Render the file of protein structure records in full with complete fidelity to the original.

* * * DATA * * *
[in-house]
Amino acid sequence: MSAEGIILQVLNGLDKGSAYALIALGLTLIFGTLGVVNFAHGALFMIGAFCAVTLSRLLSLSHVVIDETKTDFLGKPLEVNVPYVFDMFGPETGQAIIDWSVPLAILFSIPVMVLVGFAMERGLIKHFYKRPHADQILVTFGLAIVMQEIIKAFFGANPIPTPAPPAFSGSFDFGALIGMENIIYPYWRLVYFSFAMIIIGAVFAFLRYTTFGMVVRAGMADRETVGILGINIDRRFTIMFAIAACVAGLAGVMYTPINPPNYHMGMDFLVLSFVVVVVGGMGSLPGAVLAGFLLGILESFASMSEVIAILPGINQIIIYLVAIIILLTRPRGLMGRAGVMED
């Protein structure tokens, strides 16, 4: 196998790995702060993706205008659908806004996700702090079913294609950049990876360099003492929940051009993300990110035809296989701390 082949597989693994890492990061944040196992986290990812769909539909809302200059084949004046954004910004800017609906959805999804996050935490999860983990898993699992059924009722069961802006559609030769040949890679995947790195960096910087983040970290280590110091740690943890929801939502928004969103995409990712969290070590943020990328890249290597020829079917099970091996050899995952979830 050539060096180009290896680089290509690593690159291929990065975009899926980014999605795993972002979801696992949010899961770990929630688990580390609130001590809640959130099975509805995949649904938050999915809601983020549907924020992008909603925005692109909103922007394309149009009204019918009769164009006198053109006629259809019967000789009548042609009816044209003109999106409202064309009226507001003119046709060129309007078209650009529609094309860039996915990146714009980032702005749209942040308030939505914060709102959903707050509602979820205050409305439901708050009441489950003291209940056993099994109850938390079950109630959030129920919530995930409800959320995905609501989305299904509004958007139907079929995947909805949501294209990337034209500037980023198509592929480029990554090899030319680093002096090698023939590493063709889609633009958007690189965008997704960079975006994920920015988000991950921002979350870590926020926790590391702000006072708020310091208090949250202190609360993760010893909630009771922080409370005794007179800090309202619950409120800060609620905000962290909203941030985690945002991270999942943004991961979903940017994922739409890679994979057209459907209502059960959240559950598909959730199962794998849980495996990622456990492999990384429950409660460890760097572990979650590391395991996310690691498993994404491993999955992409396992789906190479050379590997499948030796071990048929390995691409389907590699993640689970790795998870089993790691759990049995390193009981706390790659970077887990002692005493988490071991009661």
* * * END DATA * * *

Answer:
[in-house]
Amino acid sequence: MSAEGIILQVLNGLDKGSAYALIALGLTLIFGTLGVVNFAHGALFMIGAFCAVTLSRLLSLSHVVIDETKTDFLGKPLEVNVPYVFDMFGPETGQAIIDWSVPLAILFSIPVMVLVGFAMERGLIKHFYKRPHADQILVTFGLAIVMQEIIKAFFGANPIPTPAPPAFSGSFDFGALIGMENIIYPYWRLVYFSFAMIIIGAVFAFLRYTTFGMVVRAGMADRETVGILGINIDRRFTIMFAIAACVAGLAGVMYTPINPPNYHMGMDFLVLSFVVVVVGGMGSLPGAVLAGFLLGILESFASMSEVIAILPGINQIIIYLVAIIILLTRPRGLMGRAGVMED
């Protein structure tokens, strides 16, 4: 196998790995702060993706205008659908806004996700702090079913294609950049990876360099003492929940051009993300990110035809296989701390 082949597989693994890492990061944040196992986290990812769909539909809302200059084949004046954004910004800017609906959805999804996050935490999860983990898993699992059924009722069961802006559609030769040949890679995947790195960096910087983040970290280590110091740690943890929801939502928004969103995409990712969290070590943020990328890249290597020829079917099970091996050899995952979830 050539060096180009290896680089290509690593690159291929990065975009899926980014999605795993972002979801696992949010899961770990929630688990580390609130001590809640959130099975509805995949649904938050999915809601983020549907924020992008909603925005692109909103922007394309149009009204019918009769164009006198053109006629259809019967000789009548042609009816044209003109999106409202064309009226507001003119046709060129309007078209650009529609094309860039996915990146714009980032702005749209942040308030939505914060709102959903707050509602979820205050409305439901708050009441489950003291209940056993099994109850938390079950109630959030129920919530995930409800959320995905609501989305299904509004958007139907079929995947909805949501294209990337034209500037980023198509592929480029990554090899030319680093002096090698023939590493063709889609633009958007690189965008997704960079975006994920920015988000991950921002979350870590926020926790590391702000006072708020310091208090949250202190609360993760010893909630009771922080409370005794007179800090309202619950409120800060609620905000962290909203941030985690945002991270999942943004991961979903940017994922739409890679994979057209459907209502059960959240559950598909959730199962794998849980495996990622456990492999990384429950409660460890760097572990979650590391395991996310690691498993994404491993999955992409396992789906190479050379590997499948030796071990048929390995691409389907590699993640689970790795998870089993790691759990049995390193009981706390790659970077887990002692005493988490071991009661």